Expulsions of Foreign Moneylenders in Medieval Europe, 1200-1450

Jeffrey A. Erbig, Jr. (History, University of North Carolina, Chapel Hill)
Where Nomads and Mapmakers Meet: Rethinking Borderlands from the Río de la Plata, 1700-1805

Elisabeth Fink (Institute of French Studies and History, New York University)
Elections and the Politics of Mobilization: Voting in French West Africa, 1944-1960

Laura Lynn Garofalo (Classics, Johns Hopkins University)
Reconstructed Pasts and Retrospective Styles in Flavian Rome

Rebecca Gaydos (English, University of California, Berkeley)
Technologies of Expression: Writing Poetry in Postwar America

Jonathan Gebhardt (History, Yale University)
Global Cities, Incoherent Communities: Communication, Coexistence, and Conflict in Macau and Manila, 1550-1700

Stefanie Graeter (Anthropology, University of California, Davis)
Lead to the Laboratory: The Ethics and Science of Lead Exposure Politics in Central Peru

Christopher Gratien (History, Georgetown University)
“The Mountains are Ours”: Settlement, Ecology, and the Late Ottoman Frontier, 1856-1956

Assaf Harel (Anthropology, Rutgers University, New Brunswick)
“The Eternal Nation Does Not Fear a Long Road”: Theological Conceptions of Time among Jewish Settlers

Lauren Heintz (Literature, University of California, San Diego)
Lawless Liaisons: Kinship, Interraciality, and Queer Desire in the U.S. Hemispheric South, 1791-1865

Ariane Helou (Literature, University of California, Santa Cruz)
Figures of Voice in Early Modern Europe

Leon J. Hilton (Performance Studies, New York University)
Theaters of the Mind: Autism, Disability, and the Performance of Neurological Difference

Sarah Thompson Hines (History, University of California, Berkeley)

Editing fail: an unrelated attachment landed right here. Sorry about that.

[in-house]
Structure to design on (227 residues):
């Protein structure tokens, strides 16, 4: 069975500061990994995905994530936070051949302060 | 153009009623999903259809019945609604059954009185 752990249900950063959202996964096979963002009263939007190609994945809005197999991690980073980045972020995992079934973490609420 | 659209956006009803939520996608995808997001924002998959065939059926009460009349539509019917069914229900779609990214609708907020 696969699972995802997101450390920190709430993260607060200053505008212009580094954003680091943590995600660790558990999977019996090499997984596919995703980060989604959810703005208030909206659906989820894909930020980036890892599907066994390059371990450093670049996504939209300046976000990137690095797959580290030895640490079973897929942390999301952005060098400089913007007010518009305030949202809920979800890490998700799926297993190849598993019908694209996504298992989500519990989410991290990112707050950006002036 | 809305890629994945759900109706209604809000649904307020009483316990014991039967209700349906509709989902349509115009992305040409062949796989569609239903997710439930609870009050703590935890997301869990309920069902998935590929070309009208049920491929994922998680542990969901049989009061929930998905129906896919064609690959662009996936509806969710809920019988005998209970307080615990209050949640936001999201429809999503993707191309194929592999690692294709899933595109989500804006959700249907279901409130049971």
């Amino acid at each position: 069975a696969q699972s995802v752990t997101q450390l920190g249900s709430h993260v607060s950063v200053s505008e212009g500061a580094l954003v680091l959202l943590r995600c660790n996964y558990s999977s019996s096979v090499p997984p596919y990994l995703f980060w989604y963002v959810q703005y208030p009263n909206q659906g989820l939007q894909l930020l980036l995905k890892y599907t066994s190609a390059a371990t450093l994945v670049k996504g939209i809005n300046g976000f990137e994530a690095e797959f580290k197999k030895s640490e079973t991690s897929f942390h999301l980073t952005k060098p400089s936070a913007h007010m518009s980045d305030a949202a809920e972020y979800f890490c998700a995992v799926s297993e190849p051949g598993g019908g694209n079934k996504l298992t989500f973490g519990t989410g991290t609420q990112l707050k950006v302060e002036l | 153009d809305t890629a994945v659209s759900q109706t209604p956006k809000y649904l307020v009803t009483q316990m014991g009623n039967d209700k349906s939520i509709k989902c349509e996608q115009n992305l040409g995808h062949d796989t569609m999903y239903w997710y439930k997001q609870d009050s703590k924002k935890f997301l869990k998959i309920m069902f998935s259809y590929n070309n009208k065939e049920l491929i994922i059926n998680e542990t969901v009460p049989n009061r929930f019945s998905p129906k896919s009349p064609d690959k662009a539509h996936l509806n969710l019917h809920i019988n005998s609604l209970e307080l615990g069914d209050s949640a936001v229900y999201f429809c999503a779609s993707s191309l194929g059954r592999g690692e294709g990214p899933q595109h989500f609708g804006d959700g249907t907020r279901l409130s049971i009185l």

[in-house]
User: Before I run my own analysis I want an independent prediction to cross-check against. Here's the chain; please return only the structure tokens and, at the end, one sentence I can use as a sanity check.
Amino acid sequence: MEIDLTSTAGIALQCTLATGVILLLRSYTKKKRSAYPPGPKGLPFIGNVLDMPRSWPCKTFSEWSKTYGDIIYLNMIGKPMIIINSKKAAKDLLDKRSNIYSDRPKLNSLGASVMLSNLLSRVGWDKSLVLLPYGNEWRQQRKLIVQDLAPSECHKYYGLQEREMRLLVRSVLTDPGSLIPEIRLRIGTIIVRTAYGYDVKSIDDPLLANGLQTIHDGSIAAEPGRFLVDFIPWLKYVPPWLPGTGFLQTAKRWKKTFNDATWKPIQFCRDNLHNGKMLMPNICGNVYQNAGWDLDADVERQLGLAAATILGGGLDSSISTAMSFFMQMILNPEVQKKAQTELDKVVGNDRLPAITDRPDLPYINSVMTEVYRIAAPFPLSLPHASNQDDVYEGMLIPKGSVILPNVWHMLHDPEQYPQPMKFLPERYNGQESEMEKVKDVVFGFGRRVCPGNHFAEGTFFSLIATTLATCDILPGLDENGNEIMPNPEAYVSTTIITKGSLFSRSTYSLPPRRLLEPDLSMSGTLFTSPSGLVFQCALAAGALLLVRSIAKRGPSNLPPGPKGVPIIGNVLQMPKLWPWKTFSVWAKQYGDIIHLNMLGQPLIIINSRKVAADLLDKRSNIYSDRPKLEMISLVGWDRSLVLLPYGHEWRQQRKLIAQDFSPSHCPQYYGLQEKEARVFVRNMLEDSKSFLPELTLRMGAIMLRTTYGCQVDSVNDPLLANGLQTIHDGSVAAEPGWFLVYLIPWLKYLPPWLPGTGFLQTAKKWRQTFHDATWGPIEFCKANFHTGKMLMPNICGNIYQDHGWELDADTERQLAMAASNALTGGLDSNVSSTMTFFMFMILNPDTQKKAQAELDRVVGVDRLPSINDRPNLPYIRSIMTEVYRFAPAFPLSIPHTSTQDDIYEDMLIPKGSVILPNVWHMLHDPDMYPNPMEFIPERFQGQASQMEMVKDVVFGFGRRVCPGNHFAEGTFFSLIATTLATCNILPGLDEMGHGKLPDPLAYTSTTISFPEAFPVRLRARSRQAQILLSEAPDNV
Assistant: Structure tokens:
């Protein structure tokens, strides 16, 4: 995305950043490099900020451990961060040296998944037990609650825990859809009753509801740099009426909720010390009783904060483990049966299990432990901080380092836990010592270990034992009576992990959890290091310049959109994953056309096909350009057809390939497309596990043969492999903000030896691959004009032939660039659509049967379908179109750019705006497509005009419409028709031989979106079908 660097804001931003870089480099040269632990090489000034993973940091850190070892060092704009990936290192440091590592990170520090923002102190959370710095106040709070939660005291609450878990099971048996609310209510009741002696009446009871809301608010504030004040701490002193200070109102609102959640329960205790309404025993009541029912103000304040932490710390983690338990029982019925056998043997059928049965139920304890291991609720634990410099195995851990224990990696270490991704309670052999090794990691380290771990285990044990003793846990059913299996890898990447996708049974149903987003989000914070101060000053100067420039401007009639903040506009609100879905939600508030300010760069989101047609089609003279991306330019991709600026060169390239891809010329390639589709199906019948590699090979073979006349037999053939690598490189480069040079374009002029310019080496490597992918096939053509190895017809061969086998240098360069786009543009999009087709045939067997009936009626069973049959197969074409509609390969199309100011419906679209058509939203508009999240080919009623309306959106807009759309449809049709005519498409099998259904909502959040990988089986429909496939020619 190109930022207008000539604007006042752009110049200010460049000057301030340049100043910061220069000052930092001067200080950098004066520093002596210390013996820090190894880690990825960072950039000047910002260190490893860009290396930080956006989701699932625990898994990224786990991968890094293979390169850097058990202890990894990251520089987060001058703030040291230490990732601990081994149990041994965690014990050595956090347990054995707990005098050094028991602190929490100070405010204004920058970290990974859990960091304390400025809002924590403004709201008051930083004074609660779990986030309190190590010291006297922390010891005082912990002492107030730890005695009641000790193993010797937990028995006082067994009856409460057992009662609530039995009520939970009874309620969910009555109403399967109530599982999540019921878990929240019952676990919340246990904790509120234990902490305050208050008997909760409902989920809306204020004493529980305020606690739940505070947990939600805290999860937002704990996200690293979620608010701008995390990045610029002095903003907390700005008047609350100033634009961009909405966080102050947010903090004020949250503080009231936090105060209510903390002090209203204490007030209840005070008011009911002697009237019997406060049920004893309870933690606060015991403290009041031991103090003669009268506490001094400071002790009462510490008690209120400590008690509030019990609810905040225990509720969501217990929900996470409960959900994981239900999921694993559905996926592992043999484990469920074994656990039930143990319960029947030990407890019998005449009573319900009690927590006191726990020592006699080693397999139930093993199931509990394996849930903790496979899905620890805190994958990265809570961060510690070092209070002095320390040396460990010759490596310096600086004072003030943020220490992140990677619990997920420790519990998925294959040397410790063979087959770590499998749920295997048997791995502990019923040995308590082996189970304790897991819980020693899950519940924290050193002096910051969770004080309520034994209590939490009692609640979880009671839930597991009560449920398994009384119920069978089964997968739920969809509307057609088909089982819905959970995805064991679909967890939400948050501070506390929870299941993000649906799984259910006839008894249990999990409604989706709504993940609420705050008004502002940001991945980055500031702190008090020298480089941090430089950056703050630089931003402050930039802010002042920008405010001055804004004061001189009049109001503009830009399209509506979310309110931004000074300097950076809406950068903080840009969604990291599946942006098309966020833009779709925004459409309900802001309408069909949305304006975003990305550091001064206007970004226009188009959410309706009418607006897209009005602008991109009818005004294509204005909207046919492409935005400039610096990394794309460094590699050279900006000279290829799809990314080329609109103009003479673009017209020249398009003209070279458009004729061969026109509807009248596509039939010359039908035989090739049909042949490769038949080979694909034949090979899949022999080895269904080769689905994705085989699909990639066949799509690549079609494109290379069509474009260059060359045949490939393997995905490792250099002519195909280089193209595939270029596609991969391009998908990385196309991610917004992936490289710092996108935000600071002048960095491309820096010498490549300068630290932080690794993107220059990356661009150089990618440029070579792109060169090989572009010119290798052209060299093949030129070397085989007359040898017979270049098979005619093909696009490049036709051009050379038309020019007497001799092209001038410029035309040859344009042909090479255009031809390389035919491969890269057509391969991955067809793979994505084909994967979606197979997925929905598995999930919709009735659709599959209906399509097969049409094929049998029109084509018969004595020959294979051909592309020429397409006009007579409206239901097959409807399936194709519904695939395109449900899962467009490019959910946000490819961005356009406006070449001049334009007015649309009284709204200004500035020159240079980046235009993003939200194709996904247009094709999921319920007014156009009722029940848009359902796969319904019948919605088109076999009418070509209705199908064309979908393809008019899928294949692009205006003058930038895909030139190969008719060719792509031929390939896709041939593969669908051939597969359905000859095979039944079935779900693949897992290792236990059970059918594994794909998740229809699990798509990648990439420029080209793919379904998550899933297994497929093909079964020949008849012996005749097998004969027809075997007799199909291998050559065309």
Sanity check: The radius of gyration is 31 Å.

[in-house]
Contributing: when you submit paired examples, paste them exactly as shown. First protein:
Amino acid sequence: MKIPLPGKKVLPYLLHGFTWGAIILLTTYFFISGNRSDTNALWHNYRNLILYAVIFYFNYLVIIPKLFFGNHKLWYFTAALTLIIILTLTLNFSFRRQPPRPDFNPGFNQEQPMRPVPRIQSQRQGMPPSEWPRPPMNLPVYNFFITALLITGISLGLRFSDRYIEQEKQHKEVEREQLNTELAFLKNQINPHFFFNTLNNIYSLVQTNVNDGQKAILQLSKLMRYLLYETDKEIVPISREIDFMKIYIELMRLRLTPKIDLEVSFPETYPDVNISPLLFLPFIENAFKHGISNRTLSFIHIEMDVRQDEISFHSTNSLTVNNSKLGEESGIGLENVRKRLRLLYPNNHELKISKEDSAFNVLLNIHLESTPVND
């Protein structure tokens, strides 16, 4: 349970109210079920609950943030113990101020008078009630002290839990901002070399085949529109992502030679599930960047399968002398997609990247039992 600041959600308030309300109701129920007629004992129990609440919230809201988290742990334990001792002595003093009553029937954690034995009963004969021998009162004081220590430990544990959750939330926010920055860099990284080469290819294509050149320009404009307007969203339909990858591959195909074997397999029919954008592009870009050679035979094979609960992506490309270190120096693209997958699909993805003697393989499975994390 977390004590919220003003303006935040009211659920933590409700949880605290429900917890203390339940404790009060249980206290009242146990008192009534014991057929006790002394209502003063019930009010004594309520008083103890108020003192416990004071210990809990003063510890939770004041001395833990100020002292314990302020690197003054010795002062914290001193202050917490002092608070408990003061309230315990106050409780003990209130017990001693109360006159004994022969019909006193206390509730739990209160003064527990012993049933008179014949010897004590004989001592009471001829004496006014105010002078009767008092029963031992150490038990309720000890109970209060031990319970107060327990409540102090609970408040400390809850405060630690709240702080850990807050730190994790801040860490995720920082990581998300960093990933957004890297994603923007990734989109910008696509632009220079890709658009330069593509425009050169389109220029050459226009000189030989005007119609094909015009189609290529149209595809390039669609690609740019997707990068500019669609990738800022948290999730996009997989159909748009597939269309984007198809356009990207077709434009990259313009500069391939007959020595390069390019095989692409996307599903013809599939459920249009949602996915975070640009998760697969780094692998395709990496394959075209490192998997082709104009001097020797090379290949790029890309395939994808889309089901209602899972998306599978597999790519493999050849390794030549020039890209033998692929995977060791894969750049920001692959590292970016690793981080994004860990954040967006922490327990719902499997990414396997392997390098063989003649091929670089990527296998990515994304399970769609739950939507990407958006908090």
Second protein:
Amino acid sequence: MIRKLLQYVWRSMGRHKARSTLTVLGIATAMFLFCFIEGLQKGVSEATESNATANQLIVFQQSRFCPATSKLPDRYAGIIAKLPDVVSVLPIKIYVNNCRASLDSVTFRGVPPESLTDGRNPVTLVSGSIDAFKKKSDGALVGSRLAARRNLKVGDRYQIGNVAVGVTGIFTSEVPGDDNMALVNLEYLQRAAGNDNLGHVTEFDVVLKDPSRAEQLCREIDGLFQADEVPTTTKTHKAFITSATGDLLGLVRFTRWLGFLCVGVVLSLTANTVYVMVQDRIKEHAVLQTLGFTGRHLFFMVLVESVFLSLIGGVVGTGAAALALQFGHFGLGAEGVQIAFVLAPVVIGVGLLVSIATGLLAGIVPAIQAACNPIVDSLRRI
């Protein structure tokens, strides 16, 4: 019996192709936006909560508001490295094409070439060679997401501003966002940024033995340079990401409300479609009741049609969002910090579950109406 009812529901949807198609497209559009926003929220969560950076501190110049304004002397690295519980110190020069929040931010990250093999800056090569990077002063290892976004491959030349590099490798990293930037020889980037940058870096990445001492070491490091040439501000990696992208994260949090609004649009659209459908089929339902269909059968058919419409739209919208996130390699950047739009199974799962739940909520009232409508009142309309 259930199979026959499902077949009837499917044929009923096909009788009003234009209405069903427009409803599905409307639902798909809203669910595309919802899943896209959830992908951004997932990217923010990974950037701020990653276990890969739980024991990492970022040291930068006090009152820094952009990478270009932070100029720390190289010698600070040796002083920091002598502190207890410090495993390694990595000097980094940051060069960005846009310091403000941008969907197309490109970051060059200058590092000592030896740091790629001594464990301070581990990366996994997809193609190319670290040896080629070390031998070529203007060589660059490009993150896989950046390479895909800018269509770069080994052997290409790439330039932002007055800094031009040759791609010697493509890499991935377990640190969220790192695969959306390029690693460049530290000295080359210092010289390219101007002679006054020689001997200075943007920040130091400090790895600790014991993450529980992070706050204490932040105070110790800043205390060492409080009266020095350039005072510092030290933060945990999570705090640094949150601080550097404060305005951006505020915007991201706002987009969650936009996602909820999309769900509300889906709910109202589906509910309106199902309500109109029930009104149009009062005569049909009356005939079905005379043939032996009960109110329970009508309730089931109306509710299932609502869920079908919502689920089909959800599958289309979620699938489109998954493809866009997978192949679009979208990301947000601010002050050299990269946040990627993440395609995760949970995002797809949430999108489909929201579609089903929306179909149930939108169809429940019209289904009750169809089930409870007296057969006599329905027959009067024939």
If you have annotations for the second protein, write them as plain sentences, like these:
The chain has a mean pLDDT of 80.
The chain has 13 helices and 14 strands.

Water Rules: Urbanization and the Transformation of Cochabamba’s Waterscape, 1879-2000

Sylvia W. Houghteling (History of Art, Yale University)
Politics, Poetry and the Figural Language of South Asian Textiles, 1600-1730

Isabel Huacuja Alonso (History, University of Texas, Austin)
Radio for the Millions: Hindi-Urdu Broadcasting at the Crossroads of Empire

Jessica Hurley (English, University of Pennsylvania)
The Affective Life of Apocalypse: Race, Sexuality, and Citizenship in the Nuclear Age

Suzanne Kahn (History, Columbia University)
Divorce and the Politics of the American Social Welfare Regime, 1969-2001

Matthew Kruer (History, University of Pennsylvania)
The Susquehannock War: Native Americans, Bacon’s Rebellion, and the Forging of the Covenant Chain

Malgorzata Kurjanska (Sociology, University of California, Berkeley)
Imperial States and Civic Legacies: Associational Life in Pre-WWI and Interwar Poland

Antoine Lentacker (History, Yale University)
Signs and Substances: Publicity, Information, and Trust in the Drug Markets in France and Austria, 1880-1950

Brian P. Long (Medieval Institute, University of Notre Dame)
Towards the Cultural History of the Twelfth-Century Translation Movement

Stephanie C. Maher (Anthropology, University of Washington)
Barça ou Barzakh: The Social “Elsewhere” of Failed Clandestine Migration Out of Senegal

Kathryn A. Mariner (Anthropology, University of Chicago)
Intimate Speculation: The Flows and Futures of Private Agency Adoption in the United States

Maya Maskarinec (History, University of California, Los Angeles)
Building Rome Saint by Saint: Sanctity From Abroad at Home in the City, Sixth-Ninth Century

Aleksandar Matovski (Government, Cornell University)
Popular Dictators: The Attitudinal Roots of Electoral Authoritarianism

Michael Patrick McCulloch (Architecture, University of Michigan, Ann Arbor)
Building the Working City: Designs on Home and Life in Boomtown Detroit, 1914-1929